I was fortunate to have enough savings in the bank when I first had to deal with my hearing loss, which allowed me some time to reflect and consider what to do next. While I was still experiencing physical pain, discomfort and vertigo, what work could I do? I decided first to focus on my health and see where that would lead me. First, it led me to work with a variety of healers. Later, I got into the natural products industry and then into food and small farm advocacy and consulting. All that gave me a platform to write, speak and work, among other things, as a trainer and educator.
With a path to work settled, it was time to settle into – if I could – a life with hearing loss. Does anyone really settle in? Communication remained and remains the challenge. I nevertheless learned to use what skills I had to maintain and build new personal and professional relationships. I also had a variety of new health regimes that were showing promise, allowing me to be consistently well, and I believed, stabilizing my fluctuating hearing.
Sometimes with hearing loss – and an unquenchable passion – you get a break and can find something or return to something you love, that you lost when you lost your hearing. In my case, it was making music again. It hasn’t been easy, but there simply came a time when I felt that I no longer wanted my hearing loss to limit my choices in my life. I was much more than my hearing loss, and longed to feel confident and self assured again.
I also needed a change. My wife passed away in 2010 and I was more alone than I had ever been before. I received a serious nudge to move ahead and return to music – whatever it would take. Fate intervened on several fronts and I was able to start again.
Starting over was not possible without some new information, new breakthroughs, new people and new tools that I could employ in my quest. While life appeared to have changed little in 30+ years, there were many changes underway that are now making my life and my hearing better. Research into the brain, new hearing technology, and aural rehabilitation have completely altered my attitude and strategy forward. Heading out to the territory ahead with a new attitude and new tools, I am now about to cross my next threshold with some new customized ear monitors that I am testing to use while performing live and for recording.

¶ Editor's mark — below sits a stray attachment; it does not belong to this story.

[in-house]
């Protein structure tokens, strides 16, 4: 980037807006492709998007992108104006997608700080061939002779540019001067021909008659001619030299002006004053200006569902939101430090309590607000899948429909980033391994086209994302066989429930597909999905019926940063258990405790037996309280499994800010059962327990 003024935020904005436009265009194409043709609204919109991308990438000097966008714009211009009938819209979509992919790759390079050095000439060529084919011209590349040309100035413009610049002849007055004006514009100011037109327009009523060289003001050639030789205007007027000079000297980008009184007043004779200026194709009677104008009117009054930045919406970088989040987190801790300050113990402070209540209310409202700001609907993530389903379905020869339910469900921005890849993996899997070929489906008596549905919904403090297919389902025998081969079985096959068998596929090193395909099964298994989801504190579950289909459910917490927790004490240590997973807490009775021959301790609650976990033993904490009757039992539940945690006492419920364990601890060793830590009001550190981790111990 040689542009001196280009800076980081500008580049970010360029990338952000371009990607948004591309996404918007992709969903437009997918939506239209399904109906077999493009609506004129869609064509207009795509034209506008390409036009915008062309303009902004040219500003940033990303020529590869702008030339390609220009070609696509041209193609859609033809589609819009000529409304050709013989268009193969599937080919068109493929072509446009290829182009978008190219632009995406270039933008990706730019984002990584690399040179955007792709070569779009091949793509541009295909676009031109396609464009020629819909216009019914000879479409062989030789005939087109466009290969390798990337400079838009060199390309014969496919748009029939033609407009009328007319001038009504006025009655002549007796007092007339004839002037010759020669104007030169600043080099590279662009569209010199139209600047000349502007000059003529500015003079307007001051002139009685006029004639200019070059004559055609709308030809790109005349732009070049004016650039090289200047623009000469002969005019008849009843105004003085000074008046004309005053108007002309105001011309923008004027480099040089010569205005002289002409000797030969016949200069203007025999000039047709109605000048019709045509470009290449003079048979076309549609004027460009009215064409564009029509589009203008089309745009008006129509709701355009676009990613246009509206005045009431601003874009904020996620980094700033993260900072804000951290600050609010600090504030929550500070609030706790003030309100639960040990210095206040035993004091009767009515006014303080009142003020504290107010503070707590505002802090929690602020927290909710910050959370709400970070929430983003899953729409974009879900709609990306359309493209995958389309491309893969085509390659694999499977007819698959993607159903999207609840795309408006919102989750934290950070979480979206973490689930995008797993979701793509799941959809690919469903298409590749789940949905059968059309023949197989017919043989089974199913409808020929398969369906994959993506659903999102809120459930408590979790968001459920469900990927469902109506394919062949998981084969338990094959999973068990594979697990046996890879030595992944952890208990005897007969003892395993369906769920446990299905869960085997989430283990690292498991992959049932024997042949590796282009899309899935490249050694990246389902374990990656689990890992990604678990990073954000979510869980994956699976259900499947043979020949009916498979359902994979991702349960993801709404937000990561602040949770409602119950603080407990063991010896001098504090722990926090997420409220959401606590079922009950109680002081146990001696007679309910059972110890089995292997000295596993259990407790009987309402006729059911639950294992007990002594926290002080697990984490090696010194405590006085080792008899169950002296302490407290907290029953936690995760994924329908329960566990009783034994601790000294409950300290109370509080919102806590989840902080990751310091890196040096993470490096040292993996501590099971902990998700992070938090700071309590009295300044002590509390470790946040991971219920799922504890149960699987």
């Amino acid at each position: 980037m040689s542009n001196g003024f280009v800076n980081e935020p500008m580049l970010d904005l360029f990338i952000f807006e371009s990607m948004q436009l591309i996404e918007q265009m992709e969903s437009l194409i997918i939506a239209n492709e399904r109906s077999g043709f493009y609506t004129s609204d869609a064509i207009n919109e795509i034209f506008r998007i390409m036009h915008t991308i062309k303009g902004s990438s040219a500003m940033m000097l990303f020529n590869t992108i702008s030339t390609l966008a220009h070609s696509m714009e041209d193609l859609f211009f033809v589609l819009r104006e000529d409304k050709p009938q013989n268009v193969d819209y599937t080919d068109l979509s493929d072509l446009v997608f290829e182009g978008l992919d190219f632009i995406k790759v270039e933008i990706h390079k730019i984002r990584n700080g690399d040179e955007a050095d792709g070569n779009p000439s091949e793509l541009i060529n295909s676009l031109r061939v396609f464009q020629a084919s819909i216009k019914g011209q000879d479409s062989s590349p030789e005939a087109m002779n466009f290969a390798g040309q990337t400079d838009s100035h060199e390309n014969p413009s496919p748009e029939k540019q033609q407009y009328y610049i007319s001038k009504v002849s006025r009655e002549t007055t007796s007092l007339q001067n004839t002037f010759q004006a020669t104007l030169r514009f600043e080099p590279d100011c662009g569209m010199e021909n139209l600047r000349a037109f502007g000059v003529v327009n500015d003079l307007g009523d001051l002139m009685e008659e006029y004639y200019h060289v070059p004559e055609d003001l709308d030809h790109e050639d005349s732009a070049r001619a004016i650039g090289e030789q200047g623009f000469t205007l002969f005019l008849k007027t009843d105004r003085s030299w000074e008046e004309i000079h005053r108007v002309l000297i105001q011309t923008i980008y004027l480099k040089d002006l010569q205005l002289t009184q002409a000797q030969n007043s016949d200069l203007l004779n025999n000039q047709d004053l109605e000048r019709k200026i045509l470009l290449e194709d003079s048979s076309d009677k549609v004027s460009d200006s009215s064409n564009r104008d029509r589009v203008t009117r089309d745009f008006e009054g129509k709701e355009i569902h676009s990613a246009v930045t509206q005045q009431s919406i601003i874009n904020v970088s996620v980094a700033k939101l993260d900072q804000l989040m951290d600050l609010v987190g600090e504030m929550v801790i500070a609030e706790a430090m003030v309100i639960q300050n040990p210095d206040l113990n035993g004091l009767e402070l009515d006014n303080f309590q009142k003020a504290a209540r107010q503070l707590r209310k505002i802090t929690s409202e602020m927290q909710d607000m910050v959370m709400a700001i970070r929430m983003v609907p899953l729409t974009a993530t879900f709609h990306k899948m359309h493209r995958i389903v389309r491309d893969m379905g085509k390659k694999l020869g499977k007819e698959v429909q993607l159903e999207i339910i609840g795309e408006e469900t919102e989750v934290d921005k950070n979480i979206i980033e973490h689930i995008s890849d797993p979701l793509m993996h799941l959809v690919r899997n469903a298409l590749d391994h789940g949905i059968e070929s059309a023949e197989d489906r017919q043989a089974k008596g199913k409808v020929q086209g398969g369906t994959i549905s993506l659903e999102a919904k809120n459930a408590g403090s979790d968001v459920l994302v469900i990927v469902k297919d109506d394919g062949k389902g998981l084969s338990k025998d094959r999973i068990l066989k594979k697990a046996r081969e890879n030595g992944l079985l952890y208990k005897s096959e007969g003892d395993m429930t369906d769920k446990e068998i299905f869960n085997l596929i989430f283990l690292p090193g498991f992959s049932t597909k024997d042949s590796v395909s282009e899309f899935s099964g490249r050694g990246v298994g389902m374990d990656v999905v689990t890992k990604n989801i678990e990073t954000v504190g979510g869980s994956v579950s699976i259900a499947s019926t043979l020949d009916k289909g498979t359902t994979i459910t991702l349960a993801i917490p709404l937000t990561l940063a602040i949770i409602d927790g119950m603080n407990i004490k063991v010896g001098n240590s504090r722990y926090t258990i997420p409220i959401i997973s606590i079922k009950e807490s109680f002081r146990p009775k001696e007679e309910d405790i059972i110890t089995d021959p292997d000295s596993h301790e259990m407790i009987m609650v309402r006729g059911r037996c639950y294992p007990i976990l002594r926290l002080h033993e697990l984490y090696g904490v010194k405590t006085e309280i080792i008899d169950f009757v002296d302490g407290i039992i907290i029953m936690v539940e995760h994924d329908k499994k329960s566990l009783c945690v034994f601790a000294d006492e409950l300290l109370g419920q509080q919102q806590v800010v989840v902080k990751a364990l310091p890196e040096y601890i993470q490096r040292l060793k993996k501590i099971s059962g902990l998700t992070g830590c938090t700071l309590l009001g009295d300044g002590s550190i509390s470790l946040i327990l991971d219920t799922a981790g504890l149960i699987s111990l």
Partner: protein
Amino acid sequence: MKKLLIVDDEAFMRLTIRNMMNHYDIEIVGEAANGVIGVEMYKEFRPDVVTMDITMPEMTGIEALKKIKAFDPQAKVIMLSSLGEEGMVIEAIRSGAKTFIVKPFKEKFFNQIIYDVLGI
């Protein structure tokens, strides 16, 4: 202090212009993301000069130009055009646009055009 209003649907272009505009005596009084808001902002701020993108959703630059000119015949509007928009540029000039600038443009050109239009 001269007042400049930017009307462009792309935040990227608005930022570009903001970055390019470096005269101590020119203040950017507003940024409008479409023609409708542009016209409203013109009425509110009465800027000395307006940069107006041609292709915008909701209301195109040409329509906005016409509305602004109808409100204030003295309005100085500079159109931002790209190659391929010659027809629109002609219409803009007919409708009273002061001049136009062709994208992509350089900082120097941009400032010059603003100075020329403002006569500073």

If you are experiencing a recent onset of hearing loss, you will cross through many of these thresholds but will also have many advantages that were not available 40 years ago. That may help you to negotiate each threshold more quickly than I did.
The next hearing and hearing loss discoveries are always just around the corner as are the next technologies, adaptations and applications. Hearing loss organizations and associations are there to provide support, encouragement, references and services. There are now better ways to diagnose and treat hearing loss, and one day perhaps there will be the option to identify the “cures” for a full spectrum of hearing conditions.
Whatever happens in your hearing loss journey, step lively, get help ASAP and move through these stages. You do not have to suffer alone. Ask everyone questions. Get information from every source you can identify. Do your own research and be up-to-date about hearing loss and all its facets.
As you step across each threshold, be sure to congratulate yourself. Then keep going. There is always another threshold ahead, some we can’t even imagine right now.
Wherever you are, whatever condition you’re in, cross the next threshold. The tools you’ll need to endure are in place. Use them. Benefit from the experience and wisdom of those who have gone before.
Where are you in your hearing loss journey? Have you identified thresholds you have crossed? What’s the next threshold for you?